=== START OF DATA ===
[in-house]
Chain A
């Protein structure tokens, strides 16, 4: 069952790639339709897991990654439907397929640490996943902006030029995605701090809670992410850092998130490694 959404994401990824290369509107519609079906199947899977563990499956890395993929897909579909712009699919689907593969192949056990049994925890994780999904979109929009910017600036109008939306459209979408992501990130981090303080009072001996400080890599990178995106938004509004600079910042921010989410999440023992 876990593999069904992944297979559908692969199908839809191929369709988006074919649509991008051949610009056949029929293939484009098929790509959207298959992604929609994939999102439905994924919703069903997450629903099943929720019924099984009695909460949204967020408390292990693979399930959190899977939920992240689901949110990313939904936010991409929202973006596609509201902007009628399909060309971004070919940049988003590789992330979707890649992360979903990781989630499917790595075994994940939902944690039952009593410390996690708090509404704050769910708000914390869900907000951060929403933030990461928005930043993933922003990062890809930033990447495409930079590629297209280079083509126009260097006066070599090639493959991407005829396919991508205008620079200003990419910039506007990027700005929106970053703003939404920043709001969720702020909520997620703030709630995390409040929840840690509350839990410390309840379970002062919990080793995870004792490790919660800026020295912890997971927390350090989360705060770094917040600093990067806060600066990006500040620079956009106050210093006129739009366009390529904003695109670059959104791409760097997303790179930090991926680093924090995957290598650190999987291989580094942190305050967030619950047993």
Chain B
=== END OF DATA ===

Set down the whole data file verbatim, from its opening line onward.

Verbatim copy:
[in-house]
Chain A
């Protein structure tokens, strides 16, 4: 069952790639339709897991990654439907397929640490996943902006030029995605701090809670992410850092998130490694 959404994401990824290369509107519609079906199947899977563990499956890395993929897909579909712009699919689907593969192949056990049994925890994780999904979109929009910017600036109008939306459209979408992501990130981090303080009072001996400080890599990178995106938004509004600079910042921010989410999440023992 876990593999069904992944297979559908692969199908839809191929369709988006074919649509991008051949610009056949029929293939484009098929790509959207298959992604929609994939999102439905994924919703069903997450629903099943929720019924099984009695909460949204967020408390292990693979399930959190899977939920992240689901949110990313939904936010991409929202973006596609509201902007009628399909060309971004070919940049988003590789992330979707890649992360979903990781989630499917790595075994994940939902944690039952009593410390996690708090509404704050769910708000914390869900907000951060929403933030990461928005930043993933922003990062890809930033990447495409930079590629297209280079083509126009260097006066070599090639493959991407005829396919991508205008620079200003990419910039506007990027700005929106970053703003939404920043709001969720702020909520997620703030709630995390409040929840840690509350839990410390309840379970002062919990080793995870004792490790919660800026020295912890997971927390350090989360705060770094917040600093990067806060600066990006500040620079956009106050210093006129739009366009390529904003695109670059959104791409760097997303790179930090991926680093924090995957290598650190999987291989580094942190305050967030619950047993």
Chain B